The landmark new legislation will also open the door for nightclubs to be allowed to remain open until 6am, with last orders allowed to be taken up until 5am.

While proponents of the changes say the reforms will ‘modernise’ what they have described as ‘antiquated’ licensing laws in Ireland, the proposals have been met with sharp criticism from some publicans.

Speaking to The Kerryman, rural publicans said they simply cannot afford to stay open later. An increase in day-to-day running costs, coupled with staffing issues, as well as a decrease in customers owing to the cost of living crisis, means that the new legislation, will not be sufficient to revive nighttime culture.

Cllr Niall O’Callaghan, who runs the Fáilte in Killarney, told the Kerry newspaper, as reported in the Irish Independent, that the new laws make “no sense” given the current socioeconomic challenges across the board.

“There is no spending power on the street and the longer we open the bigger expense it is on the business,” he said.

“It makes no sense at all, it sounds like it is good for the night-time economy but we will still be closing the doors at 10pm,” he added.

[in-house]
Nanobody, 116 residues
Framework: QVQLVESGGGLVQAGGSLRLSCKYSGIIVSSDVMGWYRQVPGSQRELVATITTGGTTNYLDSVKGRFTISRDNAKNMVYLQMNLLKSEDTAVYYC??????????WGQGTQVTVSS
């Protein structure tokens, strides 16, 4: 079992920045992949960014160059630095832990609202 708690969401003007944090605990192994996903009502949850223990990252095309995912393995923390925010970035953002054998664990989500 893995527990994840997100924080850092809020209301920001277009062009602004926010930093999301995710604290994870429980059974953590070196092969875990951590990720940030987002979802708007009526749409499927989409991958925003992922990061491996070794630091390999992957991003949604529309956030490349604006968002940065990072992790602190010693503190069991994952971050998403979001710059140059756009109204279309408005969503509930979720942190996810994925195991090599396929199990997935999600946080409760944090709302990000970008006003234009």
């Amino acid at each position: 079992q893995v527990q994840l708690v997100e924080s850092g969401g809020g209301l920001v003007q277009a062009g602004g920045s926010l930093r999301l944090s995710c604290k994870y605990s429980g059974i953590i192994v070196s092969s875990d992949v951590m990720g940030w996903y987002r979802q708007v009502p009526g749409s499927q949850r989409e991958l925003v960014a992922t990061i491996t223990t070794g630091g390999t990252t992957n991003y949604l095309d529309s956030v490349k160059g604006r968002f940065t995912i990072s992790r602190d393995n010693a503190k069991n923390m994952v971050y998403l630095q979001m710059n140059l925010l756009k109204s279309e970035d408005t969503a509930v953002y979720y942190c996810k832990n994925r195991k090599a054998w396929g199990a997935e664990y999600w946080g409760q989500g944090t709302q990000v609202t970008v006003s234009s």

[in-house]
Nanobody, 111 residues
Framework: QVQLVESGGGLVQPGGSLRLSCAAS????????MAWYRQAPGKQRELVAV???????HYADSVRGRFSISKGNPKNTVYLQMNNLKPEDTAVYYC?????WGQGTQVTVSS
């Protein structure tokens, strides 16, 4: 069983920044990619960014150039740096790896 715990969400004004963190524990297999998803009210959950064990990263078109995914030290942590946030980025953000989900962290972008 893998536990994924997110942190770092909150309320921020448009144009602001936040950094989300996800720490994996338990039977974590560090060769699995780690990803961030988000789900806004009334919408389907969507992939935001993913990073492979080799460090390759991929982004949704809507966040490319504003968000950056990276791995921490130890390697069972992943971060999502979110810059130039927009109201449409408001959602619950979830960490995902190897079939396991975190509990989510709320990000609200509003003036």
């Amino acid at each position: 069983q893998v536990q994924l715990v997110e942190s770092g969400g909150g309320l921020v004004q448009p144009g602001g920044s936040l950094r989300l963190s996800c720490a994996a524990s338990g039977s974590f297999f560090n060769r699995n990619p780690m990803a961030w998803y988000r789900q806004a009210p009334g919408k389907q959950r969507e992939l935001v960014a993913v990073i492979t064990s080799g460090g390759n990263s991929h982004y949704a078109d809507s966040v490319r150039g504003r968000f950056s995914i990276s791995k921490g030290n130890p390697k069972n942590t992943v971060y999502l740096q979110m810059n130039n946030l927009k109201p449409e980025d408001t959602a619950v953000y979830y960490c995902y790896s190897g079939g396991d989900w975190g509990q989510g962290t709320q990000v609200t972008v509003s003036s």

He told the Kerryman that his customers no longer stay out late at night, and that changes to licensing laws won’t change this.

Killorglin publican Ger Counihan who runs Bunkers echoed his views, telling the newspaper that he feels the proposals “are an absolute joke”.

“There is obviously a powerful lobby and it’s not the ordinary publican,” he said.

“Every hour we stay open is costing a fortune and good luck getting staff,” he said, adding that the legislation could devalue pub licences and put rural pubs under increased pressure.

Minister McEntee said this week that there will be further consultation ahead of presenting a full Bill to the Oireachtas next year – adding that she also plans to have this Bill enacted next year.